What do these papers mean?

Petition and Summons (forms FL-260 and FL-210)

If you received these forms, your child's other parent is asking a judge to make orders about the care and support of your child. 


This page will help you understand what the form means and your options for what to do next.

Highlight of Form FL-260 showing Petitioner and Respondent

Who is asking

The person who filed the case is the Petitioner. This is typically the child's other parent. You will be listed as the Respondent.

Highlight of Form FL-260 showing section 4: Child custody and visitation

What the other person wants the court to decide

On the Petition, the petitioner will have checked boxes to say what they want the court to decide. 

  • Child custody and visitation (parenting time)

    Item 4, and any attachments, state what custody and visitation (parenting time) orders they want the court to make

  • Child support

    Item 6 explains that the court can make child support orders at any time. 

The petitioner can also ask you to pay for the cost of their attorney. You can respond and say how you want the issues decided. If you don’t respond, they can ask the court to decide without your input.

Highlight of Form FL-210 showing Notice to Respondent

How to respond and what happens if you don't

The Summons (FL-210) explains what you can do.

You can respond by filing a Response (form FL-270) in court. 

If you don't file a Response within 30 days of getting these papers, the Petitioner can ask the court to decide the case without your input. This is called a default.

The court could make child custody, visitation (parenting time), and child support orders without your input. 

If you agree with what the petitioner has asked for, you may choose not to respond and the case will continue the case without you.


In certain situations, instead of a response, you may want to file other papers telling the court that you don’t want to participate because the petitioner made a mistake in their case. Some examples include:

  • There is already another case open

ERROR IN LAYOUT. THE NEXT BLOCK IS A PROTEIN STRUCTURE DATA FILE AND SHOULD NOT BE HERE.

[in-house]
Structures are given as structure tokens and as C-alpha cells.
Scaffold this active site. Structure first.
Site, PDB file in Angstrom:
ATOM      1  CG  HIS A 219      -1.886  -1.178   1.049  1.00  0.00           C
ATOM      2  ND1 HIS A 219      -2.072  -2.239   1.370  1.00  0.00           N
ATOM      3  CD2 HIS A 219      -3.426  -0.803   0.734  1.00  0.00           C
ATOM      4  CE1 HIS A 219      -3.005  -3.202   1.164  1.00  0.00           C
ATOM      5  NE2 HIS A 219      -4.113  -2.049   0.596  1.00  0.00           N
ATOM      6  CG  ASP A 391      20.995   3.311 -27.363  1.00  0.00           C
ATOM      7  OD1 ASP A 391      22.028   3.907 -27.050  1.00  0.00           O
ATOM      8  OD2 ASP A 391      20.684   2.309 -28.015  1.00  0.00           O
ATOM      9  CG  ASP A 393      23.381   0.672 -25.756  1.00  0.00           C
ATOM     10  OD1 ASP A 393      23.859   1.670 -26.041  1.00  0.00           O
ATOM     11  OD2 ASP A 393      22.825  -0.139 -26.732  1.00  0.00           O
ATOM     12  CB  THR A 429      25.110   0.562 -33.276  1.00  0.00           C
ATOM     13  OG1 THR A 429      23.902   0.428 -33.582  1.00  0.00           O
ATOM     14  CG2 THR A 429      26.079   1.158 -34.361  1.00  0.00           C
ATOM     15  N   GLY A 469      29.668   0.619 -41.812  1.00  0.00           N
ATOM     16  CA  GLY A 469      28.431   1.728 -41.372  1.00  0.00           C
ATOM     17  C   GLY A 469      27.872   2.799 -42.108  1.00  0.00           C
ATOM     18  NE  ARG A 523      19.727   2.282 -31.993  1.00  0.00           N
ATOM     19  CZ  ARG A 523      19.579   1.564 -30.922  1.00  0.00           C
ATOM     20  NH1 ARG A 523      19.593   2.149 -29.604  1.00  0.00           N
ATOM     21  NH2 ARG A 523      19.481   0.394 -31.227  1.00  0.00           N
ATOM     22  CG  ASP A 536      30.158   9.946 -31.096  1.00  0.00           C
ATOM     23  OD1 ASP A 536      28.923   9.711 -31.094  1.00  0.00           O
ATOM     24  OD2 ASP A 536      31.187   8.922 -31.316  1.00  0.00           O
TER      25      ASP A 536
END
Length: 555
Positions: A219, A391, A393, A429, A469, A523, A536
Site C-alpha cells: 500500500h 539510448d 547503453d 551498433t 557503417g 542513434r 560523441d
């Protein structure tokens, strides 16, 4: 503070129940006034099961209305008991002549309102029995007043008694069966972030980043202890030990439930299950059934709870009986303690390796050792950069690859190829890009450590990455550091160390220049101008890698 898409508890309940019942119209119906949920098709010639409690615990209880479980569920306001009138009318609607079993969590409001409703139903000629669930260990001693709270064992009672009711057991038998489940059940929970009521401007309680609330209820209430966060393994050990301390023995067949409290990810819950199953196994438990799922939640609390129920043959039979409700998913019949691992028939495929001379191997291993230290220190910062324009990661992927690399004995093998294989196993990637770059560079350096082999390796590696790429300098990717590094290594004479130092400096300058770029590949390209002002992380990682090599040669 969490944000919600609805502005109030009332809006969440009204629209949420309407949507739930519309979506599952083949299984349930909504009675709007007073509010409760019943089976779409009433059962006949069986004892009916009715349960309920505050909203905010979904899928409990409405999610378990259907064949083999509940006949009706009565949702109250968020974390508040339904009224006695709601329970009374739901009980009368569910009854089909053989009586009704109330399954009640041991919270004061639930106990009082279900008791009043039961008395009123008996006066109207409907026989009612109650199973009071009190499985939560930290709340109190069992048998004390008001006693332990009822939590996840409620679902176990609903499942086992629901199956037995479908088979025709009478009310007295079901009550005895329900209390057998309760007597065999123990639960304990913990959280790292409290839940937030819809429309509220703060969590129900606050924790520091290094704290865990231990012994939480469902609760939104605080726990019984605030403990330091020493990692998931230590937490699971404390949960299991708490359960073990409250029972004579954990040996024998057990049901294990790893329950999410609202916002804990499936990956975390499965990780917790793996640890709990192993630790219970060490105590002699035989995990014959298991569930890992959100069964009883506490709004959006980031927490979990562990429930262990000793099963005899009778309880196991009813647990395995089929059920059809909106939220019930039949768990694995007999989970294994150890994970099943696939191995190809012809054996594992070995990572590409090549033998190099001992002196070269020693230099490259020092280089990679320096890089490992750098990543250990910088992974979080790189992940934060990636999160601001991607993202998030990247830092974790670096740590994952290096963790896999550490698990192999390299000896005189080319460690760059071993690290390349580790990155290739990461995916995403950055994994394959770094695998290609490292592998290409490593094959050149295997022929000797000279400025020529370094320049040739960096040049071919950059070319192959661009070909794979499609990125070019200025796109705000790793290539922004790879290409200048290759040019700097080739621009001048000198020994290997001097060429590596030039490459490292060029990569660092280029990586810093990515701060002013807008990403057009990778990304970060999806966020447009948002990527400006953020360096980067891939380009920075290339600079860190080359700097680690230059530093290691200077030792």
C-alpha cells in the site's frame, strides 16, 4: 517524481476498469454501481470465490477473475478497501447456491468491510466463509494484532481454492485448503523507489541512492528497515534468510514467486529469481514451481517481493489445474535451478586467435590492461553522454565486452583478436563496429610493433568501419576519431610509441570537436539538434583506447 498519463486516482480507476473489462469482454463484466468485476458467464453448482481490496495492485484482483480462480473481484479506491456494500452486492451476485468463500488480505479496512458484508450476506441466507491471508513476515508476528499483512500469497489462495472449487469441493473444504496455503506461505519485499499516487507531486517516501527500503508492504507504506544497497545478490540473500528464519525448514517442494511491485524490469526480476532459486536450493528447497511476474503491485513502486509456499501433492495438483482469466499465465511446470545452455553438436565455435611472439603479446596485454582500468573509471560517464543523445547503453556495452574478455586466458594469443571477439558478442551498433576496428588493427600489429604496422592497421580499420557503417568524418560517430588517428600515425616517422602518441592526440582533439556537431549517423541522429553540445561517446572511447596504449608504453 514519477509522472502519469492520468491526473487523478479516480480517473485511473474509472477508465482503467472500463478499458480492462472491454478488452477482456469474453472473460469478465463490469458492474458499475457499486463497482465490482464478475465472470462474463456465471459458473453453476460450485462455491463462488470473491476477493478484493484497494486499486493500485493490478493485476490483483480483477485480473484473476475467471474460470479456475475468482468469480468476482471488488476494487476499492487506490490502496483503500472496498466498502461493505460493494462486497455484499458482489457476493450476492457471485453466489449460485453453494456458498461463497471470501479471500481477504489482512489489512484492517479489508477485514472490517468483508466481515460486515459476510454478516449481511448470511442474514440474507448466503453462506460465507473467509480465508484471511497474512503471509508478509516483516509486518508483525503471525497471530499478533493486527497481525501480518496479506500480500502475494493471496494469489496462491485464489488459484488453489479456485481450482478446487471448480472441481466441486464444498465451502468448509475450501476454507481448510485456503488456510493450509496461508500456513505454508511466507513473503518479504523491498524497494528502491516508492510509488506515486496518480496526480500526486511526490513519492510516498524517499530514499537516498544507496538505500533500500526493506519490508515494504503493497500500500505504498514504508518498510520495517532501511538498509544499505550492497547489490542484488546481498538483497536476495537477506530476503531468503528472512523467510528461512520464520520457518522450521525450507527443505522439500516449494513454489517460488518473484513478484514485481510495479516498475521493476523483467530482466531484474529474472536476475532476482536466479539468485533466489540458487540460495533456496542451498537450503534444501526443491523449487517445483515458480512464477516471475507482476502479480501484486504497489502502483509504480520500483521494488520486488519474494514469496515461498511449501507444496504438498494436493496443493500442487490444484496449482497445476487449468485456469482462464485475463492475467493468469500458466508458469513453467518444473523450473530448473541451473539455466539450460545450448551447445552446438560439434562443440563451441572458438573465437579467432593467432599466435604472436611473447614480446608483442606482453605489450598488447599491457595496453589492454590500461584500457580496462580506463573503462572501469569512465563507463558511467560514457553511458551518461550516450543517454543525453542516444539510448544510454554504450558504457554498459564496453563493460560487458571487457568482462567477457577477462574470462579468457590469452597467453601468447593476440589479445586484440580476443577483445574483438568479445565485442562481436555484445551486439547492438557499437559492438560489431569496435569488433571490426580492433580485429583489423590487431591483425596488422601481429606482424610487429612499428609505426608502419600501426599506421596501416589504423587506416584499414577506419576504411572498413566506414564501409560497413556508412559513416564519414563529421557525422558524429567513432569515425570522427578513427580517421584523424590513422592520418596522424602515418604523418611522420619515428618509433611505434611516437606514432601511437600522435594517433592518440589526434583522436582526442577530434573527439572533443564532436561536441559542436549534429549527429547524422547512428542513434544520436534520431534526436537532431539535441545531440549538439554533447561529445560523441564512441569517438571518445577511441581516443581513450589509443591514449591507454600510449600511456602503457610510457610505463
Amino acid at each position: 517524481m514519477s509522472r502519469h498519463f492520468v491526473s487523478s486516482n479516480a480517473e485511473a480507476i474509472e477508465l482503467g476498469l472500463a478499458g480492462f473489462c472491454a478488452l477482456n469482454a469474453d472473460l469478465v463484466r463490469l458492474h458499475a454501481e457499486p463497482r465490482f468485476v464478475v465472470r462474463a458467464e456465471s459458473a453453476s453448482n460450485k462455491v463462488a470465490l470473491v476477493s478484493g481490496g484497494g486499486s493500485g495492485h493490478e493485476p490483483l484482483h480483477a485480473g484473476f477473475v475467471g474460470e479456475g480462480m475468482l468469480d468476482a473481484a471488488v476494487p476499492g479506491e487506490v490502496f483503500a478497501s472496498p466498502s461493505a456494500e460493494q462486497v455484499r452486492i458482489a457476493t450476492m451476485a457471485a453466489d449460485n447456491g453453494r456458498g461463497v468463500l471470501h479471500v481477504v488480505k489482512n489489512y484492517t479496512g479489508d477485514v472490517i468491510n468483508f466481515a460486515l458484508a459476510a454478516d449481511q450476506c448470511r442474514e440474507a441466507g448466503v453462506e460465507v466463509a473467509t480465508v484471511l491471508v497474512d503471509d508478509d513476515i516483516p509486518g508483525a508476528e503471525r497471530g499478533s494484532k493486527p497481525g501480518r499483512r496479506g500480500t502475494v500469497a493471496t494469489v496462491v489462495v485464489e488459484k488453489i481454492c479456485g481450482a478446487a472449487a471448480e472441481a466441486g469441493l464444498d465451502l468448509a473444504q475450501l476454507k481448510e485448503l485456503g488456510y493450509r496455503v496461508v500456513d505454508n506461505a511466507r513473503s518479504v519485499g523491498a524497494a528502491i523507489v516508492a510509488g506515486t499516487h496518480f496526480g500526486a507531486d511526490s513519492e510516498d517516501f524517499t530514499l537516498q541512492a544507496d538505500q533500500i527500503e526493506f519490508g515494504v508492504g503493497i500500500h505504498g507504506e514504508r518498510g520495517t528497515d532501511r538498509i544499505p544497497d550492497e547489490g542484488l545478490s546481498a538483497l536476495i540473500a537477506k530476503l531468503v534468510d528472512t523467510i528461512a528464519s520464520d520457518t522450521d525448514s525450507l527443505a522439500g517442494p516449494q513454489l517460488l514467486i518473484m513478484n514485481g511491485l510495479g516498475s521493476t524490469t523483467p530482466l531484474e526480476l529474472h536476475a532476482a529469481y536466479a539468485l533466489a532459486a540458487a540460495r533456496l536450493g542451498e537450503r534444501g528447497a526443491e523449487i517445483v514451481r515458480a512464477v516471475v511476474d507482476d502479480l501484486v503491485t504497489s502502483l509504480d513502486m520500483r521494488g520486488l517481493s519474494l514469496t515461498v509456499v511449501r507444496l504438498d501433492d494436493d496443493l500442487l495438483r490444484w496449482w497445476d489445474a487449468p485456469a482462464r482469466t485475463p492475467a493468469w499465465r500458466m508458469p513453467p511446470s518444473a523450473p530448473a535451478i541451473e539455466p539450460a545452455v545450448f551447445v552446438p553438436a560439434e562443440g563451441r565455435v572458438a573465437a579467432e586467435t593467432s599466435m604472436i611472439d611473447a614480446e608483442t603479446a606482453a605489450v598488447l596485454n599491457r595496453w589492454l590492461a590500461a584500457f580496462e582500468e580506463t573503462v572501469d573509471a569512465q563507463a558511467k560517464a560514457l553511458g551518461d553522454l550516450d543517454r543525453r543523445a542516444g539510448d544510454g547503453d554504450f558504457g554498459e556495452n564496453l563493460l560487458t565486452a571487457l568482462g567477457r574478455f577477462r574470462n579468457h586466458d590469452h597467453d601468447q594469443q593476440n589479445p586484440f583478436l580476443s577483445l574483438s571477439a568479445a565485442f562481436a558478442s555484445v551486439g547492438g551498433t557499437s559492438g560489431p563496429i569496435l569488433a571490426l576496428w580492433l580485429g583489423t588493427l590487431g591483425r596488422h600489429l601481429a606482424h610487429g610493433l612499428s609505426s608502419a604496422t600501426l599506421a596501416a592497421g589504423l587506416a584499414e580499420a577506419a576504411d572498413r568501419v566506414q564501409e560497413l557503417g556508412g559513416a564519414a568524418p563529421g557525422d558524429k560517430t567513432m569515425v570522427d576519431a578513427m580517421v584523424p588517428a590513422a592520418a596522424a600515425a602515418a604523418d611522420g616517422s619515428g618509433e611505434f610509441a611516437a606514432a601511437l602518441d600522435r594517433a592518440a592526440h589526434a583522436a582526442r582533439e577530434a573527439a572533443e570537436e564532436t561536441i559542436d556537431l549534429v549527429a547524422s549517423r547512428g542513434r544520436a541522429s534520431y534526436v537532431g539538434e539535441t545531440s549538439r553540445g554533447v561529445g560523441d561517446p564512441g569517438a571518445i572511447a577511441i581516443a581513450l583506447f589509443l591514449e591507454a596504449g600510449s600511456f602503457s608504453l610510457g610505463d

• The case was filed in the wrong place (e.g. the child doesn’t live in the county where the case is filed)
  • You weren’t served properly
  • The petitioner does not have the right (standing) to file

It is very important that you understand the consequences of responding or not responding to a case. Talk to your local Self-Help Center or an attorney for more information.



If it's been more than 30 days and the Petitioner hasn't asked the court for default, you can still file a response. 


Things you cannot do now

Once you're served the Summons and Petition, there are things you can’t do without a written agreement from the Petitioner or a court order. They’re called Standard Family Law Restraining Orders.    

For example, you can’t: 

  • Take the child out of state

  • Get a new passport for the child

Read page 2 of the Summons for a complete list. These same rules apply to the Petitioner.

What to do next

Decide if you'll respond within 30 days

If you respond, this means you will participate in this court case and have input on any court decisions. You and the other person may still agree and not need to go to court. If you don’t agree, you can use a court process to have the court decide.

File your Response within 30 days of getting the Petition. After 30 days, the other person can ask for a default and the court can decide the case without you.

You can choose not to respond because you and the other person already have a written agreement. This is called a default with an agreement. The court will decide the case based on the information the other person provides.

Consider getting help

This website has information to walk you through the basic process. But, you may need more help or legal advice.  

  • Get free help from the court. The court where the case is filed has a program where they offer free legal information about divorce. Learn more about the court’s Family Law Facilitator or Self-Help Center.  

  • Hire a lawyer to help you with all or a part of your case. It’s possible to do this process without a lawyer. But, if you want, you can hire a lawyer